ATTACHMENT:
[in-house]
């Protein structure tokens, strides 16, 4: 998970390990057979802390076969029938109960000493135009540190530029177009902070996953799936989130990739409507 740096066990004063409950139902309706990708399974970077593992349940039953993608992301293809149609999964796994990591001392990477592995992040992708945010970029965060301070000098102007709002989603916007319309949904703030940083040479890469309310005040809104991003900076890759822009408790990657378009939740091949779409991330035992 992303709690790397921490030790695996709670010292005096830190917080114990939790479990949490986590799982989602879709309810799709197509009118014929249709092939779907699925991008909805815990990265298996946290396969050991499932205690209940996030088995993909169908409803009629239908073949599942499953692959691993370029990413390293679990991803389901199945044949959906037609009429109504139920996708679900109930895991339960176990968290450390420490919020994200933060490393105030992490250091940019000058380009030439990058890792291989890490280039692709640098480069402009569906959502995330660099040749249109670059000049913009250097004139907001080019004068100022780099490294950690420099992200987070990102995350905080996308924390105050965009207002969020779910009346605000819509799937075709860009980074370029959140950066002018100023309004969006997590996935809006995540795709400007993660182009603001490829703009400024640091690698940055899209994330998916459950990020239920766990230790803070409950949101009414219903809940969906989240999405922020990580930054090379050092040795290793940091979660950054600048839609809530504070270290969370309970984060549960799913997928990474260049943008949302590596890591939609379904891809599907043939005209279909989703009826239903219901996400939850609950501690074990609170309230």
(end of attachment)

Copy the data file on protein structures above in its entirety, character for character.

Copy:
[in-house]
């Protein structure tokens, strides 16, 4: 998970390990057979802390076969029938109960000493135009540190530029177009902070996953799936989130990739409507 740096066990004063409950139902309706990708399974970077593992349940039953993608992301293809149609999964796994990591001392990477592995992040992708945010970029965060301070000098102007709002989603916007319309949904703030940083040479890469309310005040809104991003900076890759822009408790990657378009939740091949779409991330035992 992303709690790397921490030790695996709670010292005096830190917080114990939790479990949490986590799982989602879709309810799709197509009118014929249709092939779907699925991008909805815990990265298996946290396969050991499932205690209940996030088995993909169908409803009629239908073949599942499953692959691993370029990413390293679990991803389901199945044949959906037609009429109504139920996708679900109930895991339960176990968290450390420490919020994200933060490393105030992490250091940019000058380009030439990058890792291989890490280039692709640098480069402009569906959502995330660099040749249109670059000049913009250097004139907001080019004068100022780099490294950690420099992200987070990102995350905080996308924390105050965009207002969020779910009346605000819509799937075709860009980074370029959140950066002018100023309004969006997590996935809006995540795709400007993660182009603001490829703009400024640091690698940055899209994330998916459950990020239920766990230790803070409950949101009414219903809940969906989240999405922020990580930054090379050092040795290793940091979660950054600048839609809530504070270290969370309970984060549960799913997928990474260049943008949302590596890591939609379904891809599907043939005209279909989703009826239903219901996400939850609950501690074990609170309230």